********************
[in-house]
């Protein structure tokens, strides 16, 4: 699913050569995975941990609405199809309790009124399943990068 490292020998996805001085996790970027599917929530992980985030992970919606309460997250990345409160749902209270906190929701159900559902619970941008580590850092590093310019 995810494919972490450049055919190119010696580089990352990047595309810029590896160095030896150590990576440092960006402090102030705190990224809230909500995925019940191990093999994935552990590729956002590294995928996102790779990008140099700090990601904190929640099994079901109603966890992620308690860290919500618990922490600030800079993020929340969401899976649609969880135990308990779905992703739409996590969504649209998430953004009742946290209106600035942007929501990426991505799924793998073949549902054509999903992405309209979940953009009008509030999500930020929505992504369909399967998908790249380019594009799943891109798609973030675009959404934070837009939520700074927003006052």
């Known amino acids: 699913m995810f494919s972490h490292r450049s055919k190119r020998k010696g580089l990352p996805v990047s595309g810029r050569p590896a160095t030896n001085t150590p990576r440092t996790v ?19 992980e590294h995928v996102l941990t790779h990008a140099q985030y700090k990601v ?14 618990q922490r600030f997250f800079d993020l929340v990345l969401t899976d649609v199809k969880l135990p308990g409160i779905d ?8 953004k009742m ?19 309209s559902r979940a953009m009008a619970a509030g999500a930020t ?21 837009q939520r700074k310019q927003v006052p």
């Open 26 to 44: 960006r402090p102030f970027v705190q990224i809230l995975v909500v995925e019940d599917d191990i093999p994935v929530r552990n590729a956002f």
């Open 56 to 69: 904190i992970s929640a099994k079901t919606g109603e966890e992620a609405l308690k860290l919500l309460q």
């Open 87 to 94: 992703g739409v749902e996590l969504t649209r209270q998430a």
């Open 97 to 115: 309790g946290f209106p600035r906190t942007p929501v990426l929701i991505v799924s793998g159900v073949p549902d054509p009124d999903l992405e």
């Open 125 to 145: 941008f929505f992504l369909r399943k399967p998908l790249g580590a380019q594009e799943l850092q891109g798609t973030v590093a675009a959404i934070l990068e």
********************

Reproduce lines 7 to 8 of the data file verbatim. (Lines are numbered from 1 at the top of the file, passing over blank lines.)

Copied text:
């Open 97 to 115: 309790g946290f209106p600035r906190t942007p929501v990426l929701i991505v799924s793998g159900v073949p549902d054509p009124d999903l992405e």
């Open 125 to 145: 941008f929505f992504l369909r399943k399967p998908l790249g580590a380019q594009e799943l850092q891109g798609t973030v590093a675009a959404i934070l990068e």